A perspective from Oregon’s mid-Willamette Valley

Ballot hearing raises charter question

Written March 5th, 2015 by Hasso Hering
Awaiting the start of Thursday's hearing, from left are attorney Nathan Rietmann, his client Gordon Shadle, Tom Cordier, and City Attorney Jim Delapoer.

Awaiting the start of Thursday’s hearing, from left are attorney Nathan Rietmann, his client Gordon Shadle, Tom Cordier, and City Attorney Jim Delapoer.

Why is it necessary to amend the Albany city charter in order for voters to approve the proposed bond issue to build a new police headquarters and main fire station? Could they not authorize the bond without amending the charter? That question was left unanswered during this morning’s hearing in Linn County Circuit Court.

Circuit Judge Daniel R. Murphy heard arguments on petitions by Albany residents Tom Cordier and Gordon Shadle, who had filed separate challenges to the ballot title for the $18 million bond issue election the city council has called for May 19.

Cordier insists the ballot title — consisting of a “caption” or headline, a question, and a summary — is unfair because it doesn’t give voters the choice to approve one project while rejecting the other. City Attorney Jim Delapoer said the decision to have one bond issue for both project was a legislative or political one for the council to make and the council made it.

Cordier told the judge that in his experience in commerce it may be illegal for monopolies to control the market by tying the purchase of one thing to the purchase of another. That, Murphy said, doesn’t apply to cities.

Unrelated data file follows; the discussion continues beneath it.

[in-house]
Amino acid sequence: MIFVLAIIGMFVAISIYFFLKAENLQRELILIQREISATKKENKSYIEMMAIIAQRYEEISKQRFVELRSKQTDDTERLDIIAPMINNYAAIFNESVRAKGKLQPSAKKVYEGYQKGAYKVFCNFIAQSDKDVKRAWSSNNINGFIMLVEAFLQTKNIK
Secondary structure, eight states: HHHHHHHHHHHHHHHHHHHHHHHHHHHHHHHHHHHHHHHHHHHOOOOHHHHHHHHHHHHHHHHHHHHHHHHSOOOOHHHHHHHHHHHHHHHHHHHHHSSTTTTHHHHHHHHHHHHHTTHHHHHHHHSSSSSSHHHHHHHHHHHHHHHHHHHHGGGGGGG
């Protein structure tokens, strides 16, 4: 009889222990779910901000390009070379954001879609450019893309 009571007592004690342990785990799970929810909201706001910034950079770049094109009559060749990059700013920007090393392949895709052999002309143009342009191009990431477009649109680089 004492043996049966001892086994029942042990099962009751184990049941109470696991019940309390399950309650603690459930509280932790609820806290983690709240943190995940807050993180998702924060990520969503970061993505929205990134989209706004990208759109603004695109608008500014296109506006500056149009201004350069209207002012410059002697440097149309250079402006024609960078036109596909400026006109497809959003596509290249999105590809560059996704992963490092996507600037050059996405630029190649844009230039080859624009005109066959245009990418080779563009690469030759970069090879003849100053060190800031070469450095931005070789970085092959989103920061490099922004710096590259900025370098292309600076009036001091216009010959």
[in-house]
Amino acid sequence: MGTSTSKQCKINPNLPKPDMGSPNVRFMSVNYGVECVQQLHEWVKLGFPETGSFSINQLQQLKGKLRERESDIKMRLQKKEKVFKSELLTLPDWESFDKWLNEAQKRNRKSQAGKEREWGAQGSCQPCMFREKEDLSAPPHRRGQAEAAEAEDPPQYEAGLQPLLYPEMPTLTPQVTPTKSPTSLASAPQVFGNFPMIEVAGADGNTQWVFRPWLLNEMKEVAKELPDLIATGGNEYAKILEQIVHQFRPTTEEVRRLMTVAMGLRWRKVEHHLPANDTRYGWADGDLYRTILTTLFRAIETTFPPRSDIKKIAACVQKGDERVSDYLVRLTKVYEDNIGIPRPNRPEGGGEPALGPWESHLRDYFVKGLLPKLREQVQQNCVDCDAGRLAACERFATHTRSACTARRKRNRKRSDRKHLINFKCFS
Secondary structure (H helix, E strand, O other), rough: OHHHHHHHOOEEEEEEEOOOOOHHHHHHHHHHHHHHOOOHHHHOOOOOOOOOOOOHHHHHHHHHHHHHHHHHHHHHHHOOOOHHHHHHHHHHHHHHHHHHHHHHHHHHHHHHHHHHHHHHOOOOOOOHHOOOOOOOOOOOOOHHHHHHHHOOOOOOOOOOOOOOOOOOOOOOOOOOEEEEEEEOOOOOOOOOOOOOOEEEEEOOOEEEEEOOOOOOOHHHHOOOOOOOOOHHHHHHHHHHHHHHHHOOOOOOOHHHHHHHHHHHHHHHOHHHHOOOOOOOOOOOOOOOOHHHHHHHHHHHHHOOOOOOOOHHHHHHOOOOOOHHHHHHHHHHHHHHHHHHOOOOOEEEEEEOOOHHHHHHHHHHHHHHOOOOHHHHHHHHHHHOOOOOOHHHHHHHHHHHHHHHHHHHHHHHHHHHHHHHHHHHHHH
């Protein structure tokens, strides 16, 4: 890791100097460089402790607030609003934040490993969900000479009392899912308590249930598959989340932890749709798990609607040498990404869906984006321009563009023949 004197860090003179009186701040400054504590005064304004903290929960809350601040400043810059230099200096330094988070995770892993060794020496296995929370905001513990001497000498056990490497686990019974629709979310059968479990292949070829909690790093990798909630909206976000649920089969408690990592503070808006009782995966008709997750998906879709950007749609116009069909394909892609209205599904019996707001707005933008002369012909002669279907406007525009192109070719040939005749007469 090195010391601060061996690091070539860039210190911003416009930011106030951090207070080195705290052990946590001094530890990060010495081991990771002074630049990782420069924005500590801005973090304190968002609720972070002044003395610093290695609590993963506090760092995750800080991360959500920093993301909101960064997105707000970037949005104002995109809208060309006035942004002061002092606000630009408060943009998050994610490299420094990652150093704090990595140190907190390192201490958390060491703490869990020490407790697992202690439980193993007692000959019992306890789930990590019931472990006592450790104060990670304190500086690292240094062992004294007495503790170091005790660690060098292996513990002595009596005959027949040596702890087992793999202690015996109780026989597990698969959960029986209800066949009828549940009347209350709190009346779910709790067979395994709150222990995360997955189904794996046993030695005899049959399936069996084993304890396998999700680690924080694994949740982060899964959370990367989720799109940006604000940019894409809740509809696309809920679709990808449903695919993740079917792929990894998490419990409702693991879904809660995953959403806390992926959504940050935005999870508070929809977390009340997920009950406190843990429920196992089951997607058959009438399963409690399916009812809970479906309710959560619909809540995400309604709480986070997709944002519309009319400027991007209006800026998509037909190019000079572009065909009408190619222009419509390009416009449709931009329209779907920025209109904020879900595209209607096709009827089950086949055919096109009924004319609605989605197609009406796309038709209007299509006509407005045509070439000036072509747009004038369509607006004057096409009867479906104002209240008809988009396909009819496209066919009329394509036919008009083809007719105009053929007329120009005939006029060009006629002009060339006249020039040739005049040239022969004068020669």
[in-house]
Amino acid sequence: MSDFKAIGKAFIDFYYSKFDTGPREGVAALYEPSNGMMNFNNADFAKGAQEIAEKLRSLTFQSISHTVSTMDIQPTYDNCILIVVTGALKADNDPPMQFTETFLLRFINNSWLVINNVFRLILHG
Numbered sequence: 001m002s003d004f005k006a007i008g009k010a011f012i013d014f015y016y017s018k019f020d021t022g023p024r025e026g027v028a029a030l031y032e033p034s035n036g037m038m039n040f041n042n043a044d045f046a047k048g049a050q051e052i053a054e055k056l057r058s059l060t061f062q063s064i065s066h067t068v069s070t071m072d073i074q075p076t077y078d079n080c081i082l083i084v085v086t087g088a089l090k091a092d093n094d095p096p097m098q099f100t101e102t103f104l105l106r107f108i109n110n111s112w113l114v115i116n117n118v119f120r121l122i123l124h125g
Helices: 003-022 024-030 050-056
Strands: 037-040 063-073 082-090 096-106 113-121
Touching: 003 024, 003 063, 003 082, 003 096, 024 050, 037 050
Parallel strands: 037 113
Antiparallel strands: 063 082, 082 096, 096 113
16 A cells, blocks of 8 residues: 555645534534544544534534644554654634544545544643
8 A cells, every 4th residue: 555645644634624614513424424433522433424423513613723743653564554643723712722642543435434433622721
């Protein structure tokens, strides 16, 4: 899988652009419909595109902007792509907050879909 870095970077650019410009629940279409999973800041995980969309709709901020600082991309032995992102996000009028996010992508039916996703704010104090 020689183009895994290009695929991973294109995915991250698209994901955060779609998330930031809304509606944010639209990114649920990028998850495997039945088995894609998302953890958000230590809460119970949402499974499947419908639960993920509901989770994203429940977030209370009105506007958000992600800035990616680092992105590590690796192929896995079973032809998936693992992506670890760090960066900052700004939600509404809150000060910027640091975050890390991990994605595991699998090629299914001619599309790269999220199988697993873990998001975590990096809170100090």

Representing Shadle, his attorney Nathan Rietmann of Salem dwelled on the angle of the charter amendment. There’s no need to amend the city charter in order to ask voters to approve a bond issue, he argued, but if the charter is to be amended, that fact ought to be prominently mentioned in the caption of the measure. Murphy appeared to agree, mentioning that state measures amending the constitution always say so at the top before they get to the purpose of the measure. Delapoer said the city wasn’t trying to hide the charter aspect and would not object to the judge adding it to the caption.

At the heart of Shadle’s concern is the idea that the charter amendment language seems to authorize up to $18 million in borrowing for any “public safety facility,” not just the current police and fire proposals, and that this authorization would be embedded in the charter forever, so that the borrowing could be done without subsequent elections like — in Cordier’s words — a “revolving door” for anything the council could relate to public safety. And this could be used to circumvent the charter requirement, initiated by Cordier earlier, that substantial borrowing must be approved by voters.

After the hearing, I asked Delapoer why the bond authorization was proposed in the form of a charter change. He said it was written that way by the city’s bond counsel.

Also at issue in the hearing: Whether Shadle’s Feb. 24 petition was filed within the required seven business days after the city elections officer, Mary Dibble, had “received” the title. The council adopted the title on Feb. 11, while Dibble was present as the council’s clerk and minute taker, and her public notice of the title said she received it as the elections officer the next day, Feb. 12. Delapoer said she actually received it at the council meeting, which would make the challenge deadline Feb. 23, as her public notice said, and would render Shadle’s petition one day late. Murphy noted that the clerk and the elections officer are the same person, but I detected no hint on how he will decide the deadline issue.